For today's traveling gourmet intent on sampling all Chinese cuisines, the handiest place left outside of Hong Kong is Taipei. The myriad streets and back alleys of the booming capital of the Republic of China on Taiwan (Formosa) contain migrant restaurants by the dozen, thought there with the Exodus from Communist rule in 1949. Although the winds of change are blowing. You'll find Cantonese and Mandarin dishes side by side on the same menu; many of the ex-mainlanders cling doggedly to their traditional styles. So richly varied is the fare that many a visitor spends his own stay munching happily through a different gustatory province at each meal. Here are some of the distinct paths:
The Guangzhou school, after centers of attracting the best cooks in China, has, like Paris, absorbed the top dishes of other regions into its cuisine. The Cantonese also cook certain things not commonly found elsewhere, such as frogs' legs, turtle and shark's fin soup, dried fish, or squab pigeons. They use more expensive materials: a concentrated chicken stock, for example, and rare herbs for pungent flavoring. The style is truly gourmet and cosmopolitan, erring if at all, in people words, "rather on the right side by making some dishes a little too rich or by crowding too many good things into one feast."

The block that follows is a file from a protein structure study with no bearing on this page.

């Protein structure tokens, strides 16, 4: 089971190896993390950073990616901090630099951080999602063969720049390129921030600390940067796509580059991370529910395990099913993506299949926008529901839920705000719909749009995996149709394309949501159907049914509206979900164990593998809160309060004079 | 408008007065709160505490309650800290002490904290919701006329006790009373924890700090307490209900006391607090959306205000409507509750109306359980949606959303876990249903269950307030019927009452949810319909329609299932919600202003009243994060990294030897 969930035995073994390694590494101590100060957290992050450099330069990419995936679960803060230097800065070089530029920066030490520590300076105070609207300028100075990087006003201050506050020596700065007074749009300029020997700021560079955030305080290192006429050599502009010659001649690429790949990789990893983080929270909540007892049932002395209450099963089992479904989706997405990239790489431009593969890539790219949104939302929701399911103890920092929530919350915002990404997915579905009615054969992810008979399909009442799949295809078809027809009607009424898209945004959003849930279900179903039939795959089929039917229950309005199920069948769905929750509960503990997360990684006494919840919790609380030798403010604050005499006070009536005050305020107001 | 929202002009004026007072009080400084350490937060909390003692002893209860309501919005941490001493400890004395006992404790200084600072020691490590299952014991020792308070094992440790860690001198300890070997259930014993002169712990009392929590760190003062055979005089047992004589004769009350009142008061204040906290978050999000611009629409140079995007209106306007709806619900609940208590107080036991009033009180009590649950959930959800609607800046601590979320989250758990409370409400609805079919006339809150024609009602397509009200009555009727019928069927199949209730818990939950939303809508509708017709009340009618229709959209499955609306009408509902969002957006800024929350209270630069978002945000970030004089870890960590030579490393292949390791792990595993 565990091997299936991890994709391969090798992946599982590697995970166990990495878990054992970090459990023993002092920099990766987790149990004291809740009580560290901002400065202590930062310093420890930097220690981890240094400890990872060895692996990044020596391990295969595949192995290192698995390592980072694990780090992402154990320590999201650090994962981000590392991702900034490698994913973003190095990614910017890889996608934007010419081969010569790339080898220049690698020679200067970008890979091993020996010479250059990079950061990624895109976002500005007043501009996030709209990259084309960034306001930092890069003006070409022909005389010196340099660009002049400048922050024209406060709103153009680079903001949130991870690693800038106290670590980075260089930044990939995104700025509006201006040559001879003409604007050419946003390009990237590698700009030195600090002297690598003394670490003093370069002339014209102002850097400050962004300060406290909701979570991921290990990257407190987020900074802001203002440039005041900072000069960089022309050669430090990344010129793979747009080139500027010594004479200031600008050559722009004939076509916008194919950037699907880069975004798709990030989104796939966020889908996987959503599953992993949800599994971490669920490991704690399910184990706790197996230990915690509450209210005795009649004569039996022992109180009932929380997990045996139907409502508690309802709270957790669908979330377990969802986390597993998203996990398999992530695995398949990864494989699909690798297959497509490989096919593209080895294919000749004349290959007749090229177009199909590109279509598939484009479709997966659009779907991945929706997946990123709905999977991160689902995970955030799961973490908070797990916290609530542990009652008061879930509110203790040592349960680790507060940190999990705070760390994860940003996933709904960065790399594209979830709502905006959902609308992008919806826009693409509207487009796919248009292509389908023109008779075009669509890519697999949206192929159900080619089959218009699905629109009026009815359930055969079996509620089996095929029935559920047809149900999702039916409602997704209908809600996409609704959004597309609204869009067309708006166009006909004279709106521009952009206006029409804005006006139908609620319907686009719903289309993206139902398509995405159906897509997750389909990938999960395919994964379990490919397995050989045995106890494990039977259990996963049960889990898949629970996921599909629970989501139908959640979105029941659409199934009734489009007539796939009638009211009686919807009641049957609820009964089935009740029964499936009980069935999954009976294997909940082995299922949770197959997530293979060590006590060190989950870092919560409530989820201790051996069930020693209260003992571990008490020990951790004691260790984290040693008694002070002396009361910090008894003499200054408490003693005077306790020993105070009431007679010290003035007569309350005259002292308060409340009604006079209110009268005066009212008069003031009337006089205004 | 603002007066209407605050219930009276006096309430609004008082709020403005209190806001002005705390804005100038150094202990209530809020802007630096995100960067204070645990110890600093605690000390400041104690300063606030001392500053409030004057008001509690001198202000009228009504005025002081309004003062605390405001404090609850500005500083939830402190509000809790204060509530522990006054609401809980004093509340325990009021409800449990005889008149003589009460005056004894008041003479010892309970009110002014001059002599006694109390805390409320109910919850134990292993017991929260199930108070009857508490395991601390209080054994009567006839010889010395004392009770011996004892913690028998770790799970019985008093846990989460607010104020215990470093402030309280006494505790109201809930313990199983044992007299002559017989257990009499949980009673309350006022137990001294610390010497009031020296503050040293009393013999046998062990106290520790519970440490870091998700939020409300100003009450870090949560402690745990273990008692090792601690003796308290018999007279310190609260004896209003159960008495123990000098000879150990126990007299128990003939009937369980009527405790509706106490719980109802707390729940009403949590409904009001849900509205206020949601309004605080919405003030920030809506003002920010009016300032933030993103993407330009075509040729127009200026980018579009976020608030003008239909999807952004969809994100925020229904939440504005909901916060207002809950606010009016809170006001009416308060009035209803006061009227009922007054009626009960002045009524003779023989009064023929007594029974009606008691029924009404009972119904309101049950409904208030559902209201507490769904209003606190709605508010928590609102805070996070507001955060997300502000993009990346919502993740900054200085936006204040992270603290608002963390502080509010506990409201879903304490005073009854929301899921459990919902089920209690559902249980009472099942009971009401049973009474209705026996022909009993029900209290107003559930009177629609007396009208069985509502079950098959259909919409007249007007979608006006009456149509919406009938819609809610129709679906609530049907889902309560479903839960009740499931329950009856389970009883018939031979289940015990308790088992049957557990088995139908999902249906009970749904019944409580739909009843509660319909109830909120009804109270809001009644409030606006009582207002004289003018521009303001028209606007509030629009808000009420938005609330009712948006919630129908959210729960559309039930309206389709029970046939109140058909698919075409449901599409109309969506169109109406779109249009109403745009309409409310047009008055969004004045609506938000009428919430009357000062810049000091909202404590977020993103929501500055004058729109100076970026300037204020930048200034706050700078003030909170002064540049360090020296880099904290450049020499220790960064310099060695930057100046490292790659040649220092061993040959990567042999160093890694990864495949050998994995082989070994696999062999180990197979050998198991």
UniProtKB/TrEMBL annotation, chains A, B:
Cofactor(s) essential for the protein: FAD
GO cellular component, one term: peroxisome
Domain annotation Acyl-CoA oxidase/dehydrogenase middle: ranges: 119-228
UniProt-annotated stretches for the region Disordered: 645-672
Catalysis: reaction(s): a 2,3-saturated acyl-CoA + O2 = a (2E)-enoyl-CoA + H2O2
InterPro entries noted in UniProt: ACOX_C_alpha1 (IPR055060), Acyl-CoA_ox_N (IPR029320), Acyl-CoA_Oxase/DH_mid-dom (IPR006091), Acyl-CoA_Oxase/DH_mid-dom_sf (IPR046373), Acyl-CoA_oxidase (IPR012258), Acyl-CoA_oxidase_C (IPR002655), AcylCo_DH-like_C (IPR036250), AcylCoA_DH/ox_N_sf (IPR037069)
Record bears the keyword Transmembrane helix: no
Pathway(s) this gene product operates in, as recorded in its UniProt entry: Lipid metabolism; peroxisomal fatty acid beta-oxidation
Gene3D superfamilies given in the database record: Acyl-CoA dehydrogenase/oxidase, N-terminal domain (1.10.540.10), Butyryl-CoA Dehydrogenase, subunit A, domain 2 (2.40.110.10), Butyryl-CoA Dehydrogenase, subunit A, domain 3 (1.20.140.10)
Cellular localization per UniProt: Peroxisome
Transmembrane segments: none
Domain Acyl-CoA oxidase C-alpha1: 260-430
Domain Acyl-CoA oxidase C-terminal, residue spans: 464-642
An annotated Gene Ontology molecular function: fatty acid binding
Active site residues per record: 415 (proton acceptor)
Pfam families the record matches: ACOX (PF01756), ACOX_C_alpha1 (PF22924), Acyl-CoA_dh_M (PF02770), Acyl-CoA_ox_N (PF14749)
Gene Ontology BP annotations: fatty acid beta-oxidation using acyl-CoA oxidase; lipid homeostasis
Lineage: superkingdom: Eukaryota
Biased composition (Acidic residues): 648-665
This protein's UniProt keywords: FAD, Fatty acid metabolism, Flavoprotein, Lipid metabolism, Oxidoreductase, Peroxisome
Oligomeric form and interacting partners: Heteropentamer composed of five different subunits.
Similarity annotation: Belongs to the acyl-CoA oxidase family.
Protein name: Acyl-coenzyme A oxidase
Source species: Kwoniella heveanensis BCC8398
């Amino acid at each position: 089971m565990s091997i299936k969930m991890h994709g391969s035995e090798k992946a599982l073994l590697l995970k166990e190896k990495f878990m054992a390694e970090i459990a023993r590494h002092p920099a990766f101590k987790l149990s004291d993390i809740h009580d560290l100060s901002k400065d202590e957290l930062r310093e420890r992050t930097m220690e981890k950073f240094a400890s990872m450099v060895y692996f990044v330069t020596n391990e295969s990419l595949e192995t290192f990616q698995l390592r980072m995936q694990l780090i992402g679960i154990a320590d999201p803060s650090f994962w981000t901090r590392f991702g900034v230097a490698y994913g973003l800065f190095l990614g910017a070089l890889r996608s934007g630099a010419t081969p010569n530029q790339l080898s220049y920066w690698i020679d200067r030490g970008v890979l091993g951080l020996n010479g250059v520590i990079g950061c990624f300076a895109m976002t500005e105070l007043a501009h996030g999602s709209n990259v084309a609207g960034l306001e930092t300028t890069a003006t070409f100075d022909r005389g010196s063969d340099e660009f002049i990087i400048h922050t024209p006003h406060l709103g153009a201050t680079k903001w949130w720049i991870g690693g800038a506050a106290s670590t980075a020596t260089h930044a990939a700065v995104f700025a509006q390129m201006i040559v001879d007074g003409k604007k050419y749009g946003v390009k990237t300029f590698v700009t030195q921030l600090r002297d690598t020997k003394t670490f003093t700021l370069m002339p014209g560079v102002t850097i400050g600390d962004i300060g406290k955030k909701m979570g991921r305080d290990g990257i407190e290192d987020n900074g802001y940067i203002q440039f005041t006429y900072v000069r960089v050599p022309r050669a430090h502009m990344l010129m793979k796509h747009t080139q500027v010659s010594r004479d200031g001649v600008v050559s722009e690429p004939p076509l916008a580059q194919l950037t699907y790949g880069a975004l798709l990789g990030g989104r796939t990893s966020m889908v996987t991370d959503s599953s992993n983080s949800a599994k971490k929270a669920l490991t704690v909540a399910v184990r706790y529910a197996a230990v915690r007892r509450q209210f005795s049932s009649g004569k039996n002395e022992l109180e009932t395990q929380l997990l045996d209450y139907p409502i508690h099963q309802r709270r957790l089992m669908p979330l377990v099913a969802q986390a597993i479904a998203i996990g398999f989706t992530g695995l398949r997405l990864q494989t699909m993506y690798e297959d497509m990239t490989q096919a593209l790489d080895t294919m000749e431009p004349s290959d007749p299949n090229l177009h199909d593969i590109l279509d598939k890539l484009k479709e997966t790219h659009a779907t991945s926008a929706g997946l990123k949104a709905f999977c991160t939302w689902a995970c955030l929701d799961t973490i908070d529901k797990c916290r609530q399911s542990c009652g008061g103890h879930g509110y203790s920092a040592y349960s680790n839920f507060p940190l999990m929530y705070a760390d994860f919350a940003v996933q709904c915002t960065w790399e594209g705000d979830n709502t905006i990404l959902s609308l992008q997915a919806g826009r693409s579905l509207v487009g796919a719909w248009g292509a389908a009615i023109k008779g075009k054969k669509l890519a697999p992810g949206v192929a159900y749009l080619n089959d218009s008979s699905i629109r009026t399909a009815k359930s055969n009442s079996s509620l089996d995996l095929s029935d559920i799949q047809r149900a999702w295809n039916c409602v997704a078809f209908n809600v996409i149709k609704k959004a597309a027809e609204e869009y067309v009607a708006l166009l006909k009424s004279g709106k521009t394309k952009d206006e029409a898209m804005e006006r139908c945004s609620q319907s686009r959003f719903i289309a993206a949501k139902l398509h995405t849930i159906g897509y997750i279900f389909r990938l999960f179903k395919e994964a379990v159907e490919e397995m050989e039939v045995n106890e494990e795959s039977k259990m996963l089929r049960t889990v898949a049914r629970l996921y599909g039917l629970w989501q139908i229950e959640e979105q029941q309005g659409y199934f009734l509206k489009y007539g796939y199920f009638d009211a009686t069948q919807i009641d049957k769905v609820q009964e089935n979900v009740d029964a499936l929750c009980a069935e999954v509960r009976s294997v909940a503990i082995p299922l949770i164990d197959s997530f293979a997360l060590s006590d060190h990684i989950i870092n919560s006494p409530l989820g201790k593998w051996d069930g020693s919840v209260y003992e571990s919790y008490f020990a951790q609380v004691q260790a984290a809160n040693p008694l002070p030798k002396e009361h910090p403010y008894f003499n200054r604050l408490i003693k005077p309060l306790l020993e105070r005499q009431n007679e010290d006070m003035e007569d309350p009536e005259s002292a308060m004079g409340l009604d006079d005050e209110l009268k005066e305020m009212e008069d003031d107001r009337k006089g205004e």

The great variety of Cantonese dishes led to the classic Chinese gourmet banquet, which could run to 40 courses or more, take a team of cooks three days to prepare, and floor even the fattest trencherman after five or six hours in the eating. Such a feast is now a thing of the past-a mere fourteen courses is considered a banquet, and and more than six or eight well-prepared dishes are dimly viewed as an example of conspicuous waste. One reason for the shrinkage is the total disappearance of exoticisms such as bear's paw, owl's eggs, camel's hump, or ape's lips. The youngger Chinese have never tasted them, and in all likelihood never will.
Shandong is noted for wheat (rather than rice) flour noodles, usually cooked soft, like spaghetti. Chao (stir-fried) dishes are rare, a principal difference from the Cantonese, who tend to mingle ingredients rather than serve them separately. Wine, wine vinegar, and sesame oil are frequently used in cooking, with just a touch of hot peppery sauces.
The most famous Mandarin delicacy, Beijing duck, takes all day to prepare and, it is said, one year to learn how to prepare. The duck is dipped in boiling water, rubbed with herbs and -honey, and hung up to dry. Then it is roasted over an open fire and turned constantly by hand (an electric rotisserie is considered cheating). The meat is sauteed with vegetables and the crisp, honey-gold skin is eaten separately, dipped in plum sauce. It is, indeed, a noble dish.